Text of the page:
San Francisco's insane rents have squeezed artists and galleries out of spaces that, in some cases, they've rented for decades. But a new business found a clever way to help art stay in the city: a complex of art studios and galleries will be subsidized by on-site, high-end art storage for rich collectors.
"The Bay Area, and San Francisco specifically, was in real and serious danger of losing a large part of its cultural capital," says Deborah Rappaport, who founded the Minnesota Street Project with her husband, venture capitalist Andy Rappaport. "That was just not okay."
The Rappaports are philanthropists, but they wanted to solve the problem with a self-sustaining business not donations. All profits from their services for collectors will keep rents low for everyone else —32 permanent artists, dozens of visiting artists, 10 art galleries, and an arts education nonprofit.
As collectors themselves, they realized that they could offer a different kind of service for other collectors. "We can offer a smaller, more personalized program to folks, that they'll pay for, and the profits from that business can then help support the whole rest of the business," she says. "It's like a business that has several lines: This is our luxury line, and it supports the discount line."
Built in old warehouses in the city's Dogpatch neighborhood, the complex was also able to keep costs lower because it's in an area that's zoned for light industry. Art businesses qualified, but some other types of businesses, or apartments, might not.
"That means that we could come in, we could identify spaces that would work for us, and we were not in most cases having to complete against people who wanted to re-entitle those spaces for residential or office use," says Rappaport. "Which doesn’t mean it was inexpensive, but it does mean it wasn't as crazy as it could have been."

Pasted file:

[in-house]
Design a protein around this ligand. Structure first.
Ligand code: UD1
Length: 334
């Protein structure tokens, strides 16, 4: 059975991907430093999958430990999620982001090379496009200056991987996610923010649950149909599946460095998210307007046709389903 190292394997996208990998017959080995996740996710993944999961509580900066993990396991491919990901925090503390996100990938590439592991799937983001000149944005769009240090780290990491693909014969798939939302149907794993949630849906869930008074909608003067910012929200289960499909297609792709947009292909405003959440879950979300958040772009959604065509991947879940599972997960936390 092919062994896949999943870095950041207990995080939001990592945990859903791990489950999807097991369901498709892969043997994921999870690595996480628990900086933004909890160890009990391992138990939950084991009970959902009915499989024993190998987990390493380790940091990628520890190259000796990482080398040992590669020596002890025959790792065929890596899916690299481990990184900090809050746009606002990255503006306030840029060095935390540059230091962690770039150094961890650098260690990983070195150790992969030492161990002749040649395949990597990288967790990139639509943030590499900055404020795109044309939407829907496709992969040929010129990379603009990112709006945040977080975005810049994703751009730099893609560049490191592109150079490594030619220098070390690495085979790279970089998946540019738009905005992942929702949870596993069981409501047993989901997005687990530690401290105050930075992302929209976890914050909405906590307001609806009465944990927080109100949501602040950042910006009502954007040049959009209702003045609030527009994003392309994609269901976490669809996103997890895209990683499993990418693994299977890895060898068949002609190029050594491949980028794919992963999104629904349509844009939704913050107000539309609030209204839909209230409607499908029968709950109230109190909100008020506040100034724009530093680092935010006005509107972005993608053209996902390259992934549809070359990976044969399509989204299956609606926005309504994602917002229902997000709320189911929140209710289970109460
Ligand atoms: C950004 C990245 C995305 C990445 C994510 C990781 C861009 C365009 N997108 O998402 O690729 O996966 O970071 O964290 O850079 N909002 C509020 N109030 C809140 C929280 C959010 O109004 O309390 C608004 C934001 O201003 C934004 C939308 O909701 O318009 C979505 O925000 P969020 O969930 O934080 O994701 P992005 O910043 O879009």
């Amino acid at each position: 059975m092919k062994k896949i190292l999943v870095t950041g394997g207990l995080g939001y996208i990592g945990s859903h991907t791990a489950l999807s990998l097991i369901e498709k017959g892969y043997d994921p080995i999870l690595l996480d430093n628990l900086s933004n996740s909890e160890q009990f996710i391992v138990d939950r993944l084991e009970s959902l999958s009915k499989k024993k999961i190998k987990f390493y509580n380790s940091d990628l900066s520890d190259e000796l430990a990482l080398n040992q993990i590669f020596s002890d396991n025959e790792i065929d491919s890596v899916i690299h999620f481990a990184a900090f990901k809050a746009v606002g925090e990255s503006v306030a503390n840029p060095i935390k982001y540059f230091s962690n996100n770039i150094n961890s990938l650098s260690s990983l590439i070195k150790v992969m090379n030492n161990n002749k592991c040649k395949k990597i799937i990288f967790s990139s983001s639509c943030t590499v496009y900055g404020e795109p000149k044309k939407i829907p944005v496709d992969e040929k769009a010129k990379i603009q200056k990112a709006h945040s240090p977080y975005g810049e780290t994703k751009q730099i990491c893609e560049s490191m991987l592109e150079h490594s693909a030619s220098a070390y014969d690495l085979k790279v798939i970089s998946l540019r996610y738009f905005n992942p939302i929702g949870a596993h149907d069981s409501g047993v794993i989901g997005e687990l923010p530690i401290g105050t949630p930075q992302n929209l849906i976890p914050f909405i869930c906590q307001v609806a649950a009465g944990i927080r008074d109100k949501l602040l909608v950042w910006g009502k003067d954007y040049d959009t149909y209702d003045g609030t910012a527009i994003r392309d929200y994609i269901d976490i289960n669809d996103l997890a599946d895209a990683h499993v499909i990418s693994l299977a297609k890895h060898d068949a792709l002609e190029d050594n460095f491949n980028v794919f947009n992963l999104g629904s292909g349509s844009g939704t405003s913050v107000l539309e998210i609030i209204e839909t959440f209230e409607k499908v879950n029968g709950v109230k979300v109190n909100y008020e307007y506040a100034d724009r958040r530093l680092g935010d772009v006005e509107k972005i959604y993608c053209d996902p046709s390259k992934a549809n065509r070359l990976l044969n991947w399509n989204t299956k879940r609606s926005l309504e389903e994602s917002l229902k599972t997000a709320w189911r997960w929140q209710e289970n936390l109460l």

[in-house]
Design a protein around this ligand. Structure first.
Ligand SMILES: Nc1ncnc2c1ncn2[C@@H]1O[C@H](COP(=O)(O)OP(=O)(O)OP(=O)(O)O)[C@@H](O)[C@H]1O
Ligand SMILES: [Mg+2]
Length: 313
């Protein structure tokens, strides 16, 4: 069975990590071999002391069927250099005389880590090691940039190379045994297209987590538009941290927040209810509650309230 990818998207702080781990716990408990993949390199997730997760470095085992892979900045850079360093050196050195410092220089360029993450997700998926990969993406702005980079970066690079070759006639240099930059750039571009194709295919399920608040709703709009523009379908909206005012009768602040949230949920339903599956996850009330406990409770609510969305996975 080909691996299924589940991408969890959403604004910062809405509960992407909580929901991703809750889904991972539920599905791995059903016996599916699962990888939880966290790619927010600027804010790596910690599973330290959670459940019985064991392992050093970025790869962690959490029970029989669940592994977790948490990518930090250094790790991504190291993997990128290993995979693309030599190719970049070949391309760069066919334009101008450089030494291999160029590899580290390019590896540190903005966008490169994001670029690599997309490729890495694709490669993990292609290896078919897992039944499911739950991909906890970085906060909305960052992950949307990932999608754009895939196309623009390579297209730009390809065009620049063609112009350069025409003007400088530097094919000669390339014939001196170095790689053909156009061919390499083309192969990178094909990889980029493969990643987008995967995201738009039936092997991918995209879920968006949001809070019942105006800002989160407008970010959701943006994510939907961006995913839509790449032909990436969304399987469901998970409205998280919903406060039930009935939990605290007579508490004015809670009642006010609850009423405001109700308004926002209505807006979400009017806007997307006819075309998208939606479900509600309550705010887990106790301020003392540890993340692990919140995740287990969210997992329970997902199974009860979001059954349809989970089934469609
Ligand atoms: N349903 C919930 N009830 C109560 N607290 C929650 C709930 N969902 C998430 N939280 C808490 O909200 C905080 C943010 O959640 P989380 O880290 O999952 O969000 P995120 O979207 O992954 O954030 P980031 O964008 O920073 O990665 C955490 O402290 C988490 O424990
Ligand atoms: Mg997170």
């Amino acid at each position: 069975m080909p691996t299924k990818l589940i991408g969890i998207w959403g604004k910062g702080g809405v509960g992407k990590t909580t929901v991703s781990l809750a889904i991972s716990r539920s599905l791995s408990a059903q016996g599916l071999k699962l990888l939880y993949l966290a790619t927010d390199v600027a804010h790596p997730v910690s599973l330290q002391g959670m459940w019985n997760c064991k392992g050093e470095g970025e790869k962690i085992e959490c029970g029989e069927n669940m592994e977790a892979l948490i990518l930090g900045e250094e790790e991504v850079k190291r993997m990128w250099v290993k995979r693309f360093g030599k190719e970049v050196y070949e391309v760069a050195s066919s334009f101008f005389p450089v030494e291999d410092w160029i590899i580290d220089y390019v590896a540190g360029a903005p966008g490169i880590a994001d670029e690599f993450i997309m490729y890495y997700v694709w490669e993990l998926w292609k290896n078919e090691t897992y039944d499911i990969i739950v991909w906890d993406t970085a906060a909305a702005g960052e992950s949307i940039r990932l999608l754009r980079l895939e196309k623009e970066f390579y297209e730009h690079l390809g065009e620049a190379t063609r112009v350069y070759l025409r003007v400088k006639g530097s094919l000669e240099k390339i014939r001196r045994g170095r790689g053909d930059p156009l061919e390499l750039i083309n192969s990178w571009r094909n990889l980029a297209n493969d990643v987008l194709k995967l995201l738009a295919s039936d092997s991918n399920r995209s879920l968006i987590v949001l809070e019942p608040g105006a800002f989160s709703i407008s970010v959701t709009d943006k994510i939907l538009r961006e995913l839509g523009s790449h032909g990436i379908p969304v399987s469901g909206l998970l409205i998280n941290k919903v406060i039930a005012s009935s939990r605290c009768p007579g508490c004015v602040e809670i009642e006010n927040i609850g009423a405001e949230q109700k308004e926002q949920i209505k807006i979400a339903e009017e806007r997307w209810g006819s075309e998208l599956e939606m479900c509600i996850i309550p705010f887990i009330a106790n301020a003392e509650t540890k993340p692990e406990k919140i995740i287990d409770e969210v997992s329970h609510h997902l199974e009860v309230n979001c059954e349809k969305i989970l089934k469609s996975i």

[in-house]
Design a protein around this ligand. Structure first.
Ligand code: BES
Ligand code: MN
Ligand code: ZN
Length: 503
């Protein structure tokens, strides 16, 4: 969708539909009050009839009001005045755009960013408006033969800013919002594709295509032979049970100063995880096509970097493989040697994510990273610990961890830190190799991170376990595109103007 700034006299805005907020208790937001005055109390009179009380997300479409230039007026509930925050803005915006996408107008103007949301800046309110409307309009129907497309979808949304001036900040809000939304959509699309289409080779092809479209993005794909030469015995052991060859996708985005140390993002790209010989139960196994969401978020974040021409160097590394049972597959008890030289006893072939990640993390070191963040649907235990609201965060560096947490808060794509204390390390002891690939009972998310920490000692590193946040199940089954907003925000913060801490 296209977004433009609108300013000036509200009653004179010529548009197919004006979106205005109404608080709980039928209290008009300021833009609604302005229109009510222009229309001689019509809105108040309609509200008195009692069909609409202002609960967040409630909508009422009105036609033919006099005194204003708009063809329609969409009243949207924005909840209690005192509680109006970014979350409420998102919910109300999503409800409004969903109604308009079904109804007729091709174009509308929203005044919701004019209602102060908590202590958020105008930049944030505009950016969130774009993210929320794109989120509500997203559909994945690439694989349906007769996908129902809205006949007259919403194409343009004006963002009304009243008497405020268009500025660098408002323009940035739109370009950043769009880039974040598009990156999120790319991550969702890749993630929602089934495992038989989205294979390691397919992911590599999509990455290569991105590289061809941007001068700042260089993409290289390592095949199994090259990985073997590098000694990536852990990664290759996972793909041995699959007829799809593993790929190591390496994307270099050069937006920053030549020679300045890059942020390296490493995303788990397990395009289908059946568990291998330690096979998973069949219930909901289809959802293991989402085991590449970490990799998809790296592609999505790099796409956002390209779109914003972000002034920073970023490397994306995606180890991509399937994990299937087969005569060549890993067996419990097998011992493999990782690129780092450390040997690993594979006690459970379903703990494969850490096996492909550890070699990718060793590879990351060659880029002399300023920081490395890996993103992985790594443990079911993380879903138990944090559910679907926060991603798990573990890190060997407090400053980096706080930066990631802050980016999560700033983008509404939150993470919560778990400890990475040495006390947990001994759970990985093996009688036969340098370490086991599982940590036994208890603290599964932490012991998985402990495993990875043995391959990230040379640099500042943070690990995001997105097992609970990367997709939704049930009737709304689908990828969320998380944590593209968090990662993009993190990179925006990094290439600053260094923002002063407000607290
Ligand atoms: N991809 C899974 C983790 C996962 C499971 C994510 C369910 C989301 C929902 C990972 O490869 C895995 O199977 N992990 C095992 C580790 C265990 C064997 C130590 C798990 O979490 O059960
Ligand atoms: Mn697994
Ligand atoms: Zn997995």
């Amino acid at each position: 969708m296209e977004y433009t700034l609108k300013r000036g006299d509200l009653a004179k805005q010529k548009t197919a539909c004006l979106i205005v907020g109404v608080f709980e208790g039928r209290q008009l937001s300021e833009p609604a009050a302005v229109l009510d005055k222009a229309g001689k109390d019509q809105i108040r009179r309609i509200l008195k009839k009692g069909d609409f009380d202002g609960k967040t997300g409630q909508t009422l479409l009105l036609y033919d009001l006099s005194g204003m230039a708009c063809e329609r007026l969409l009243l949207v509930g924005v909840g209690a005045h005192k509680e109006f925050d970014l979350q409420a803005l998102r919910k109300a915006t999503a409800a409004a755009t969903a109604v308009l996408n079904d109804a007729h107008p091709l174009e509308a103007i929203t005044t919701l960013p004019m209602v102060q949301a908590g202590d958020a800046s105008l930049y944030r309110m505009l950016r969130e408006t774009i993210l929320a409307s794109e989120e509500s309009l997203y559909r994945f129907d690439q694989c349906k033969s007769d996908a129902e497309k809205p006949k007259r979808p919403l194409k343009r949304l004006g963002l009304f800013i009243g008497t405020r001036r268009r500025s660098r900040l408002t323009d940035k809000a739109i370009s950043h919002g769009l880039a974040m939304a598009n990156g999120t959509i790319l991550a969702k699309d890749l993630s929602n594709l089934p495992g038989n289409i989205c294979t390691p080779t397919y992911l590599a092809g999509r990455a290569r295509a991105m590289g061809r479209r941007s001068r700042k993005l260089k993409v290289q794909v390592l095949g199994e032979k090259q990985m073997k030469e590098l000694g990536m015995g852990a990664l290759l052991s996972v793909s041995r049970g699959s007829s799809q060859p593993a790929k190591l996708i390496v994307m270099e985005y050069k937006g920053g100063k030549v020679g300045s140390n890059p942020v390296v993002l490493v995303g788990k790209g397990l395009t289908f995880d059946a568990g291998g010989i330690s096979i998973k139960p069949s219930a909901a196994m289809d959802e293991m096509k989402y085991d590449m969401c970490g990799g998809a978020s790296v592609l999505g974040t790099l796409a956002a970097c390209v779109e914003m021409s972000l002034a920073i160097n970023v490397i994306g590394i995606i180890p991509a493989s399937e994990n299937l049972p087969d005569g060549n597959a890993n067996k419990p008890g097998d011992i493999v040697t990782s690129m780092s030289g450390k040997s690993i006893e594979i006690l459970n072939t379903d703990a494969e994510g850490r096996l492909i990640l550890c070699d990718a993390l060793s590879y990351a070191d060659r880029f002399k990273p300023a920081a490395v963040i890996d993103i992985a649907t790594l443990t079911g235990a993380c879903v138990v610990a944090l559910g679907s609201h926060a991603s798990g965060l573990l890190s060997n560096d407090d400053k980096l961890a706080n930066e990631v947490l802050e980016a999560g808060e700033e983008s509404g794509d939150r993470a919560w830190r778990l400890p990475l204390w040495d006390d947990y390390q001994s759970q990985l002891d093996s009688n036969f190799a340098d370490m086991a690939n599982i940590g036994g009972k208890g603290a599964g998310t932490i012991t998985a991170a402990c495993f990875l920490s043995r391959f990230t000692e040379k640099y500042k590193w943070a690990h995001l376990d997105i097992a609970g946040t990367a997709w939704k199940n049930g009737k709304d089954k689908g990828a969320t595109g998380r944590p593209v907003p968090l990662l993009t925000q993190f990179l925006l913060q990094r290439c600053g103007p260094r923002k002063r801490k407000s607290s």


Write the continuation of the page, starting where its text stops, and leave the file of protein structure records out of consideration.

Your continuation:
The design of the new studios and galleries also helps make things more affordable. When the art studios open in June, artists will share access to a wood shop, kiln, a printing lab, space to stretch canvases, and room for other things that take a lot of room but artists don't need to do all the time. That meant the studios themselves can be smaller. Galleries share kitchen space, restrooms, and a packing and shipping room for art.
"In a standalone gallery, all of those things take up space—that the gallerist has to pay for," she says.
The complex will also make money by offering a couple of art studios to companies that want to send an employee to be surrounded by working artists. The first tenant will be Adobe. "They're paying a premium to be there, because that's one of the things that we're using to help keep the studio prices as low as we can to the artists," Rappaport says.
It doesn't solve one major problem: Artists and people working in galleries still need to be able to afford a place to live, in a city where an average one-bedroom apartment goes for close to $4,000. While Rappaport is involved in other efforts to help artists get more access to live-work space, the bureaucracy involved in that process takes time.
"We needed to do this fast," she says. "We were losing folks. And the thing that we could do quickly was studios, which we understand doesn't solve the housing problem, but at least possibly makes the artists' costs of doing business a little bit lower."
The first art galleries opened in March, and the rest of the spaces will open throughout 2016. It's already inspiring people in other cities, like New Haven, that are also struggling to retain artists. Others in San Francisco are also considering building similar businesses in the same neighborhood.
"We've been as transparent as possible about how we have done this, and that has led at least some other people to say 'Huh, we could take our slice of this problem, the part that we have some passion around, and we could maybe figure out a different way to solve it'—in a for-profit model and not a nonprofit model," she says. "And that's been really gratifying."
Photos: Minnesota Street Project. Renderings: Jensen Architects